10 ScrumMaster Qualities
A ScrumMaster is one of the three key roles of the Scrum Framework. Ken Schwaber and Jeff Sutherland conceived the Scrum process in the early 90’s. With so many years having passed, you’d think organizations would better understand good ScrumMaster qualities. More noteworthy, they should know qualities of a bad ScrumMaster.
Because of this, I created a simple infographic to focus on both good and bad qualities of ScrumMasters. I’ve noticed, as organizations begin to scale, roles and responsibilities begin to blur. People may be asked to take on ScrumMaster responsibilities. Do you have the right qualities?
View and download the free infographic: 10 ScrumMaster Qualities
5 Qualities of a Good ScrumMaster
First, a Servant Leader is an empathetic listener and healer. This self-aware steward is committed to the growth of people. Second, a Coach can coach the other team members on how to use Scrum in the most effective manner. Third, the Framework Champion is an expert on how Scrum works and how to apply it. Next, the Problem Solver protects the team from organizational disruptions or internal distractions or helps remove them. Last, the Facilitator is a neutral participant who helps a group of people understand their common objectives and assists them to achieve these objectives.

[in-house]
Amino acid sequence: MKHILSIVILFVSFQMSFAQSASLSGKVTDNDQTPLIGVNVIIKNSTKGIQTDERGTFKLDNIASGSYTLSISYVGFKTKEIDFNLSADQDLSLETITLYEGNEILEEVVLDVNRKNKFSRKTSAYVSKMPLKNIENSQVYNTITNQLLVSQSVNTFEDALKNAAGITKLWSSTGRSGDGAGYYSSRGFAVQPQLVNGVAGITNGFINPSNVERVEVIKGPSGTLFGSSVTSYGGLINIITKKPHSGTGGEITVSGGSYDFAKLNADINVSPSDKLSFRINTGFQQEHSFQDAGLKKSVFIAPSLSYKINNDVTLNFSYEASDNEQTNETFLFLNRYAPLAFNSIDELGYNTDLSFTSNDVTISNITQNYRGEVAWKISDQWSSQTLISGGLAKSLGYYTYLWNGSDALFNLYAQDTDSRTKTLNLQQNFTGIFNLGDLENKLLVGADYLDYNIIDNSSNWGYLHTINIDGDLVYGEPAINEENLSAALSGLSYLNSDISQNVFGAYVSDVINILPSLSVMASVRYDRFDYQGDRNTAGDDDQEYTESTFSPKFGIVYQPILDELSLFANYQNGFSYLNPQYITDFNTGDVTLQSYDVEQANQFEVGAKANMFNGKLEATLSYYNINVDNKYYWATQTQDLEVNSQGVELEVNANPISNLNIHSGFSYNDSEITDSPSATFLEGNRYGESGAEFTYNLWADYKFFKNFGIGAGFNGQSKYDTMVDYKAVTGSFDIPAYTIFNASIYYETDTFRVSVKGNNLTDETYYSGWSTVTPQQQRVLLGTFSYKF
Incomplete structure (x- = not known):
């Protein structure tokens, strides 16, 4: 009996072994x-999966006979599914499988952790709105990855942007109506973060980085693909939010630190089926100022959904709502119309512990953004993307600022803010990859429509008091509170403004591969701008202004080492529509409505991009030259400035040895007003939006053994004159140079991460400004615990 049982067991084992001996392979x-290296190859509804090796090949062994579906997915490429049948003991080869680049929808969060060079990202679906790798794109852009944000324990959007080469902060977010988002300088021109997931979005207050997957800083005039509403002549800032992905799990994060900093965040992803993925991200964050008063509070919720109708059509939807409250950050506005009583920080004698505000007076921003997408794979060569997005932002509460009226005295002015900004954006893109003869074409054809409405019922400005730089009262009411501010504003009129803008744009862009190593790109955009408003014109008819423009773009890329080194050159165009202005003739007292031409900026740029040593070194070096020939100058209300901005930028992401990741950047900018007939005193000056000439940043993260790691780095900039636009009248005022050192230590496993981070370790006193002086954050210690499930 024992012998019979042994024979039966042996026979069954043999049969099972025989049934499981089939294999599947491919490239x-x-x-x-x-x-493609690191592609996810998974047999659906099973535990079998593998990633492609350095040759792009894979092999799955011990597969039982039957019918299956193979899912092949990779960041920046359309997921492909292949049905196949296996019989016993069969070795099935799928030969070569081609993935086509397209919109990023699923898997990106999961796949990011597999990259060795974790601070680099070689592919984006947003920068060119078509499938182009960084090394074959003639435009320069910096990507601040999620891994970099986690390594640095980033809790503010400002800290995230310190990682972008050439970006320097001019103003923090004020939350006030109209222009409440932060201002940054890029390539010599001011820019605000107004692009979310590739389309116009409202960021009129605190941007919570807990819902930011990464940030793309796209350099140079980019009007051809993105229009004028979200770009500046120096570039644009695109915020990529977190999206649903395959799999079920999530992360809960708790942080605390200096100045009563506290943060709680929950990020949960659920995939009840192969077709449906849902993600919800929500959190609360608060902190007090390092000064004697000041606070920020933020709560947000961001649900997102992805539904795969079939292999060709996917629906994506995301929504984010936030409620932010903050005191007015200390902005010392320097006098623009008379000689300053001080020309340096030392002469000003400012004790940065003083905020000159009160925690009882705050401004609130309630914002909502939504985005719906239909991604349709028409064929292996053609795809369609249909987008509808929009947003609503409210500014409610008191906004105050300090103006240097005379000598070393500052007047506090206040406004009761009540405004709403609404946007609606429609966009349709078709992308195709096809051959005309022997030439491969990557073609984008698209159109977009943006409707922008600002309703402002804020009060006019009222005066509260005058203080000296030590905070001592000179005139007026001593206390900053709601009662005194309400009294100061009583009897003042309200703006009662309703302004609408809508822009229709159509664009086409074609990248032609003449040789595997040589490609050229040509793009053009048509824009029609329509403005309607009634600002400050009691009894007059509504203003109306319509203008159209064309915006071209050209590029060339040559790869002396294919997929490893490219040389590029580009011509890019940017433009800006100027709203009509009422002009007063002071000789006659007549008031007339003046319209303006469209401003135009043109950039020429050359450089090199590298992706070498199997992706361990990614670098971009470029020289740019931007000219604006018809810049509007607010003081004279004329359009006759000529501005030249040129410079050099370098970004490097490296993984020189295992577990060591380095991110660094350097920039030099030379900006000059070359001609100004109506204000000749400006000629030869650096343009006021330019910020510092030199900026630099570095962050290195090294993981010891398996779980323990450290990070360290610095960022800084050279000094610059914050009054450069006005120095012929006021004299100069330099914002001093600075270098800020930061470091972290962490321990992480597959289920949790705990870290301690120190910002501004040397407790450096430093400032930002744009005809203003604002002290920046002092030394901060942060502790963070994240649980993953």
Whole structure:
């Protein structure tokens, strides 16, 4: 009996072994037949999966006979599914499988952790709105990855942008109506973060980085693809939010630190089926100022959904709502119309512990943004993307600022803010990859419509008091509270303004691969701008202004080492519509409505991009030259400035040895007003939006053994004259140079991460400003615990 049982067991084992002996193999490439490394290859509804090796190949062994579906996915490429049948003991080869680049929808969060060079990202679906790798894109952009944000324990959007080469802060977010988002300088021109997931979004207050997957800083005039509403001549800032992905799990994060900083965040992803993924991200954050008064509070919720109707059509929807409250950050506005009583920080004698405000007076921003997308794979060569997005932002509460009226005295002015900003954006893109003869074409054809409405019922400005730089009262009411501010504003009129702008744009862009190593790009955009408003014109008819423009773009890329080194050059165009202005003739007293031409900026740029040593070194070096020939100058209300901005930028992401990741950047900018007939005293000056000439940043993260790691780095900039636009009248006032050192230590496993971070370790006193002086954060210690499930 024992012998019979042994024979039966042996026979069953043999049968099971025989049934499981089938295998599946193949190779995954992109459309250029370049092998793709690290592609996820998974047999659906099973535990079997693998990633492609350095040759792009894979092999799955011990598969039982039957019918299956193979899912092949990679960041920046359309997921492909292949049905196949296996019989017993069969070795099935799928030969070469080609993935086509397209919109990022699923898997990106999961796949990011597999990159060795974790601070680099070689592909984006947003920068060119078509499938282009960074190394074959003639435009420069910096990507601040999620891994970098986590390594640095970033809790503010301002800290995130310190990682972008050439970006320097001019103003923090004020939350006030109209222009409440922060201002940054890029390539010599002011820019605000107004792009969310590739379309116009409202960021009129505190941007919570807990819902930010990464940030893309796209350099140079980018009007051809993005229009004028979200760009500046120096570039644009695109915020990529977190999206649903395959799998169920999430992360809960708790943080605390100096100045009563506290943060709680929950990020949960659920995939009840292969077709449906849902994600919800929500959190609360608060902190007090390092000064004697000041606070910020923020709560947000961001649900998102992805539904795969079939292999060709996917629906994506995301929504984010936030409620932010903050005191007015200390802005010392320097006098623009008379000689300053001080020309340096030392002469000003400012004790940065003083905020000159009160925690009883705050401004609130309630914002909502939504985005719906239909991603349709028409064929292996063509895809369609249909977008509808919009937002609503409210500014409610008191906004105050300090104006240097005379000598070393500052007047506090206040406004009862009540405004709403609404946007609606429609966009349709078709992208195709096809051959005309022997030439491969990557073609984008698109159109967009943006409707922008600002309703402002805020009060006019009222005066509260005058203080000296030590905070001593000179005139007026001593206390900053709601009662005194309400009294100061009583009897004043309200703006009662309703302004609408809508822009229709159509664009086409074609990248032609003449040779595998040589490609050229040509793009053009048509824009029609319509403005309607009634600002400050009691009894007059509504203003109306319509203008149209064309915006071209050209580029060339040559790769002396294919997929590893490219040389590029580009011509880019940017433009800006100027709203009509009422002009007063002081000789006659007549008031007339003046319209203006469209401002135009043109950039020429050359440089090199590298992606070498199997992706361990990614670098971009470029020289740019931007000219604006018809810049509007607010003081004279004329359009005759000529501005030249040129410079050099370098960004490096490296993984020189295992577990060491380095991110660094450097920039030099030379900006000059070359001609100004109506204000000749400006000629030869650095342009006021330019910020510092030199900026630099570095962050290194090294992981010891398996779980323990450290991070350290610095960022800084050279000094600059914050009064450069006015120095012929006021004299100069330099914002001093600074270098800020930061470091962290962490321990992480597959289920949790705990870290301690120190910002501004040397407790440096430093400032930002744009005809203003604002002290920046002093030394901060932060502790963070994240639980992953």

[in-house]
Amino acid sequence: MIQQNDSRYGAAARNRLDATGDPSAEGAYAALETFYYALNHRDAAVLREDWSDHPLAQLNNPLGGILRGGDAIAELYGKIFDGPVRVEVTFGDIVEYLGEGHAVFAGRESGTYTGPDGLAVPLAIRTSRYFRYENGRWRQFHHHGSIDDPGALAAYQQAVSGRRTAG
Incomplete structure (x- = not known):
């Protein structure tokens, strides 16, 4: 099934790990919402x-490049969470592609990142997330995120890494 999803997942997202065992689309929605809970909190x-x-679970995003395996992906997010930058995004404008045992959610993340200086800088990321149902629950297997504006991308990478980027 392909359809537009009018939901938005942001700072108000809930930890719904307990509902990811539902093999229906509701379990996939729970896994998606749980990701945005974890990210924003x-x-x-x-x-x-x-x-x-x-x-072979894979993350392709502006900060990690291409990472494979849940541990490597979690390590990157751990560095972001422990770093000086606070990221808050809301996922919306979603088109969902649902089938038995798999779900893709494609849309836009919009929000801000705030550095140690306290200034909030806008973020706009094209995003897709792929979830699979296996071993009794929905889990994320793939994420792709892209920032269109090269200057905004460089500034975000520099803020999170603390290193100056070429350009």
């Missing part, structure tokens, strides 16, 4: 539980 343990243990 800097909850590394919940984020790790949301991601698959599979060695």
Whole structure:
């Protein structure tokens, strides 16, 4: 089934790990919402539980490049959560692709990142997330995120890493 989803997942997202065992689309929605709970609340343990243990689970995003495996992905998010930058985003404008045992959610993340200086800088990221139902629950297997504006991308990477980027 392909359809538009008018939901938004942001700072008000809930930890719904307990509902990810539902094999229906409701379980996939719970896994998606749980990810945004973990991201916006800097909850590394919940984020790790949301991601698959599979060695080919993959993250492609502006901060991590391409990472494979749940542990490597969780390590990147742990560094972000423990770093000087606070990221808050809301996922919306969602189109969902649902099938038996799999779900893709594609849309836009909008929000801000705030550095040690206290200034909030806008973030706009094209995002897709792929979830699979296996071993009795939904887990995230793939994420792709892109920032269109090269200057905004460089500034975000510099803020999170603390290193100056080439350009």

5 Qualities of a Bad ScrumMaster
First, the Boss has the ability to hire and fire others. Second, the Taskmaster myopically focuses on assigning and tracking progress against tasks. Third, a Product Manager is responsible for managing schedule, budget, and scope of the product. Next, if you are Apathetic you lack interest in or concern about emotional, social, or spiritual well being of others. Last, the Performance Reviewer is responsible for documenting and evaluating job performance.
While you may call yourself a ScrumMaster, understand that people who understand Scrum are going to have expectations. If you have any of the bad qualities that I listed above and in the infographic, maybe you should find someone else to do the job.
This was originally published on LeadingAgile Field Notes with permission of Derek Huether. See the original article here.